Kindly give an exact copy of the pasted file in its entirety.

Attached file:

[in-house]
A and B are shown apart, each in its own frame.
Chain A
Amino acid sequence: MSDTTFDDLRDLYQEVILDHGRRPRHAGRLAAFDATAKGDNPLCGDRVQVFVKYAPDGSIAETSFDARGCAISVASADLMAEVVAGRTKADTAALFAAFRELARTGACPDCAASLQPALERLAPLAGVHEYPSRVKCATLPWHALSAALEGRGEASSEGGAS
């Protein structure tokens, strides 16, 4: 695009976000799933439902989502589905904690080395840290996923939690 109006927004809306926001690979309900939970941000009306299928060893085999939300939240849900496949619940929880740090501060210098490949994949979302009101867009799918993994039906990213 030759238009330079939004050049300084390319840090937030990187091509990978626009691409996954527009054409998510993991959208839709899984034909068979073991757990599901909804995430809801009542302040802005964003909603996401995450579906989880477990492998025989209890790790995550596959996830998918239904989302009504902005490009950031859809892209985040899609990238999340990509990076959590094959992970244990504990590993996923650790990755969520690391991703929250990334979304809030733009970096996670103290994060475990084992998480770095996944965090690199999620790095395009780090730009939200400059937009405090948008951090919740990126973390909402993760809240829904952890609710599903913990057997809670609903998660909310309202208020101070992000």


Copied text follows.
[in-house]
A and B are shown apart, each in its own frame.
Chain A
Amino acid sequence: MSDTTFDDLRDLYQEVILDHGRRPRHAGRLAAFDATAKGDNPLCGDRVQVFVKYAPDGSIAETSFDARGCAISVASADLMAEVVAGRTKADTAALFAAFRELARTGACPDCAASLQPALERLAPLAGVHEYPSRVKCATLPWHALSAALEGRGEASSEGGAS
């Protein structure tokens, strides 16, 4: 695009976000799933439902989502589905904690080395840290996923939690 109006927004809306926001690979309900939970941000009306299928060893085999939300939240849900496949619940929880740090501060210098490949994949979302009101867009799918993994039906990213 030759238009330079939004050049300084390319840090937030990187091509990978626009691409996954527009054409998510993991959208839709899984034909068979073991757990599901909804995430809801009542302040802005964003909603996401995450579906989880477990492998025989209890790790995550596959996830998918239904989302009504902005490009950031859809892209985040899609990238999340990509990076959590094959992970244990504990590993996923650790990755969520690391991703929250990334979304809030733009970096996670103290994060475990084992998480770095996944965090690199999620790095395009780090730009939200400059937009405090948008951090919740990126973390909402993760809240829904952890609710599903913990057997809670609903998660909310309202208020101070992000």